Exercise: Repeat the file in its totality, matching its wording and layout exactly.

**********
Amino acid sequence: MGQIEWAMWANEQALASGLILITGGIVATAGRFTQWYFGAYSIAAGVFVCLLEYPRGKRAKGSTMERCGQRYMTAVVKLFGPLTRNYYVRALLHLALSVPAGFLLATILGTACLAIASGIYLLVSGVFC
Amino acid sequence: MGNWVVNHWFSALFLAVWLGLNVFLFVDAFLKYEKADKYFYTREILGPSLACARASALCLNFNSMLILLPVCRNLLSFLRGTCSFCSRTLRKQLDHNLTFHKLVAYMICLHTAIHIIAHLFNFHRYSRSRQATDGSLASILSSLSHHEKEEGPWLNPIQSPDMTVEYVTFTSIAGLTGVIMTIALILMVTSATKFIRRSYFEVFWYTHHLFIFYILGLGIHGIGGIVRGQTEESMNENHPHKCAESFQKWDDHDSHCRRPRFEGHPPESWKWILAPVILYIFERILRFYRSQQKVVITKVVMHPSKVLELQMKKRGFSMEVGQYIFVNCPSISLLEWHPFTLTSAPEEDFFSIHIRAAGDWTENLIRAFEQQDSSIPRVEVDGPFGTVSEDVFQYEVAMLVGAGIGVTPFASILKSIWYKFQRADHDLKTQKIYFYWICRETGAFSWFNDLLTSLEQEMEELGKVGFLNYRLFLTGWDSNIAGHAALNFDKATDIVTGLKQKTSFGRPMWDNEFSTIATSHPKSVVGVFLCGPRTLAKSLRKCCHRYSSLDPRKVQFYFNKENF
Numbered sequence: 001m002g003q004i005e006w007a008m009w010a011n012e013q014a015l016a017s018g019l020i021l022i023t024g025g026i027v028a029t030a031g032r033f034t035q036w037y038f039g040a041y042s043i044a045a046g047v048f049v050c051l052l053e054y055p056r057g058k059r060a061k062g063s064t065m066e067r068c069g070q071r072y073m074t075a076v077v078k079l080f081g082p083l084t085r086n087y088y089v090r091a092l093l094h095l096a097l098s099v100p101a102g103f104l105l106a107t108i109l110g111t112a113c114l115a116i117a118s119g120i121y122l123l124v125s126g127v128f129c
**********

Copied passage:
Amino acid sequence: MGQIEWAMWANEQALASGLILITGGIVATAGRFTQWYFGAYSIAAGVFVCLLEYPRGKRAKGSTMERCGQRYMTAVVKLFGPLTRNYYVRALLHLALSVPAGFLLATILGTACLAIASGIYLLVSGVFC
Amino acid sequence: MGNWVVNHWFSALFLAVWLGLNVFLFVDAFLKYEKADKYFYTREILGPSLACARASALCLNFNSMLILLPVCRNLLSFLRGTCSFCSRTLRKQLDHNLTFHKLVAYMICLHTAIHIIAHLFNFHRYSRSRQATDGSLASILSSLSHHEKEEGPWLNPIQSPDMTVEYVTFTSIAGLTGVIMTIALILMVTSATKFIRRSYFEVFWYTHHLFIFYILGLGIHGIGGIVRGQTEESMNENHPHKCAESFQKWDDHDSHCRRPRFEGHPPESWKWILAPVILYIFERILRFYRSQQKVVITKVVMHPSKVLELQMKKRGFSMEVGQYIFVNCPSISLLEWHPFTLTSAPEEDFFSIHIRAAGDWTENLIRAFEQQDSSIPRVEVDGPFGTVSEDVFQYEVAMLVGAGIGVTPFASILKSIWYKFQRADHDLKTQKIYFYWICRETGAFSWFNDLLTSLEQEMEELGKVGFLNYRLFLTGWDSNIAGHAALNFDKATDIVTGLKQKTSFGRPMWDNEFSTIATSHPKSVVGVFLCGPRTLAKSLRKCCHRYSSLDPRKVQFYFNKENF
Numbered sequence: 001m002g003q004i005e006w007a008m009w010a011n012e013q014a015l016a017s018g019l020i021l022i023t024g025g026i027v028a029t030a031g032r033f034t035q036w037y038f039g040a041y042s043i044a045a046g047v048f049v050c051l052l053e054y055p056r057g058k059r060a061k062g063s064t065m066e067r068c069g070q071r072y073m074t075a076v077v078k079l080f081g082p083l084t085r086n087y088y089v090r091a092l093l094h095l096a097l098s099v100p101a102g103f104l105l106a107t108i109l110g111t112a113c114l115a116i117a118s119g120i121y122l123l124v125s126g127v128f129c